Uber has lost a High Court battle against giving its drivers basic employment protections, including minimum wage and holiday pay.

The judgement could put Uber's business model in the UK at risk, requiring it to recognise drivers as "limb (b)" workers – crucially allowing them to collective bargaining rights.

The company has been engaged in legal appeals since 2016, when an employment tribunal found it unlawfully classed drivers as independent contractors.

Sir Terence Etherton, the second most senior judge in England and Wales, told the court that the tribunal was "not only entitled, but correct" to class Uber drivers as workers.

He added: "Not only do we see no reason to disagree with the factual conclusions of the [tribunal] as to the working relationship between Uber and the drivers, but we consider that [it] was plainly correct."

During the course of the appeals process, the company has not implemented the tribunal's findings – which the High Court upheld by a majority of two to one.

A spokesperson for Uber told Sky News: "This decision was not unanimous and does not reflect the reasons why the vast majority of drivers choose to use the Uber app.

"We have been granted permission to appeal to the Supreme Court and will do so," the company added.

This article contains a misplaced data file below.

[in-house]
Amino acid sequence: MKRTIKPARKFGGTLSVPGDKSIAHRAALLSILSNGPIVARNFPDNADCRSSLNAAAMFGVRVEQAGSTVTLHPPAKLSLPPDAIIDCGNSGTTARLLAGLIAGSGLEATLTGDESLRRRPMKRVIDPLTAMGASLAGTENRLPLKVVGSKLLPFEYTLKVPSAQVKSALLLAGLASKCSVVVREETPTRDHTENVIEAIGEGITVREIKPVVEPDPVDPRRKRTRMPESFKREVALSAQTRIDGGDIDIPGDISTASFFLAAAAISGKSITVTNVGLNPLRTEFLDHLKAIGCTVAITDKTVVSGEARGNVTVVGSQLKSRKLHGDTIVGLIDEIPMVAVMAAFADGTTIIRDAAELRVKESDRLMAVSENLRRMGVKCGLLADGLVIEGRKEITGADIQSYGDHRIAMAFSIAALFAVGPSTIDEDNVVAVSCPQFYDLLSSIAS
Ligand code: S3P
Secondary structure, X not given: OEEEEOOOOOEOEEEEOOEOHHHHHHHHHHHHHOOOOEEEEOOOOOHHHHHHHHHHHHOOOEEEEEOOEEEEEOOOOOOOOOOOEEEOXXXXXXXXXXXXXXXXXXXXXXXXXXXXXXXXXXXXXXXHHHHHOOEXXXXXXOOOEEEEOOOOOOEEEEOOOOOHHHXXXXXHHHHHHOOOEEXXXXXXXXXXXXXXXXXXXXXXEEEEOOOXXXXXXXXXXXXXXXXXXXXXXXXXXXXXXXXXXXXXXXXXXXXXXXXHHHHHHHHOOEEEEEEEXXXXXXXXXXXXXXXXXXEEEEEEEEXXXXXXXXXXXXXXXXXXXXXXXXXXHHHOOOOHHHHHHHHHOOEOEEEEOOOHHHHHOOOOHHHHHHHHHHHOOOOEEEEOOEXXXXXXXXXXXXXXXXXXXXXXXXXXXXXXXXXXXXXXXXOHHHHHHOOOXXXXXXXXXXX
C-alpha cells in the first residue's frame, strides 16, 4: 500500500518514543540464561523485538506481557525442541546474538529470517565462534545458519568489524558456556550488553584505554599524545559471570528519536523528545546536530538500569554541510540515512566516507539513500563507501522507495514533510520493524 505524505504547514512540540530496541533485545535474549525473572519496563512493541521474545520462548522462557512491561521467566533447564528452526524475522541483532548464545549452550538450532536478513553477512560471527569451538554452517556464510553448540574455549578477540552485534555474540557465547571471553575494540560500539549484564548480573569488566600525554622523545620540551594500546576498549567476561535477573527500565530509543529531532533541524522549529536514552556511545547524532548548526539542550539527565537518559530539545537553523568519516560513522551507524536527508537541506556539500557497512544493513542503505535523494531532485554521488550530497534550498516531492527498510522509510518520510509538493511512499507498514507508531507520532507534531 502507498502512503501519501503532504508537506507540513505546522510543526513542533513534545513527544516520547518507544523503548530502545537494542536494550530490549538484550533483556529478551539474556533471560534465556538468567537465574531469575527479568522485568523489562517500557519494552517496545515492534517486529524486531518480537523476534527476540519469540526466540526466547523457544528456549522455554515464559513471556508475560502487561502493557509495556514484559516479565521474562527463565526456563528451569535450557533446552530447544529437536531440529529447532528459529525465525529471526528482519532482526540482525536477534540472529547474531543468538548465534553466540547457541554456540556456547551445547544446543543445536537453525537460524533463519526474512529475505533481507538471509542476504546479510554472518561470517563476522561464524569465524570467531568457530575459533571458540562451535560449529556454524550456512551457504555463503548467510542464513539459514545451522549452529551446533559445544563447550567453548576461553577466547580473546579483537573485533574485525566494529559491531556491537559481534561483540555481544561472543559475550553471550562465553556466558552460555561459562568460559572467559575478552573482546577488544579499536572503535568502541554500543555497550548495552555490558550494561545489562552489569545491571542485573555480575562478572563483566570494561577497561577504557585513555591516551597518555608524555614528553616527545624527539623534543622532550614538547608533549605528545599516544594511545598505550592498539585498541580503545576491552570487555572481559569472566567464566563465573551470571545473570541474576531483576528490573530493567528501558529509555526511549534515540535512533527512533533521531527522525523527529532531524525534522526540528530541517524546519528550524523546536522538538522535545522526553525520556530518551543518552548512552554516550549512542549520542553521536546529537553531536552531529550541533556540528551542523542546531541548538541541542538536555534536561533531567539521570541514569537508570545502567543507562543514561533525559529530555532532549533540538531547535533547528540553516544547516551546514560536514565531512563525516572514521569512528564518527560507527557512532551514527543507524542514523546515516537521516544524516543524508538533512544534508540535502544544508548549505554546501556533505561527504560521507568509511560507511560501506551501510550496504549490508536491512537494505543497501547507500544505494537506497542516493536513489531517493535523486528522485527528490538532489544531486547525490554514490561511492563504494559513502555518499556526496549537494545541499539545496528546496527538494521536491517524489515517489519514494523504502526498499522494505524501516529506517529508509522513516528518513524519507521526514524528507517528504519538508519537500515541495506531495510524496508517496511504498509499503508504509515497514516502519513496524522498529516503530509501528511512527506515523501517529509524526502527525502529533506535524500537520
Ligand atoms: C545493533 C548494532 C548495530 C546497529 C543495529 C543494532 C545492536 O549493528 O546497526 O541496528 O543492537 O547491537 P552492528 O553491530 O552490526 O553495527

Video: Gig economy workers protest as Uber heads to court.

To protest the lack of rights during the appeals process, Uber drivers went on strike in October and called for passengers to not use the app during the same period in a show of solidarity.

The strike by members of the Independent Workers Union of Great Britain (IWGB) was the first time that a trade union has taken action against the company.

The secretary of IWGB's private hire drivers branch, Yaseen Aslam, who is a co-claimant in the case, said he was "delighted" with the judgement.

"I'm delighted with today ruling, but frustrated that the process has dragged on for over three years," said Mr Aslam.

"It cannot be left to precarious workers like us to bring companies like Uber to account and despite the personal price we have had to pay, we are the lucky ones.

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"We know of many that are under such hardship, that it would be unimaginable for them to take a multi-billion pound company to court.

"It is now time for the government and the Mayor of London to act and stop letting companies like Uber take them for a ride," Mr Aslam added.

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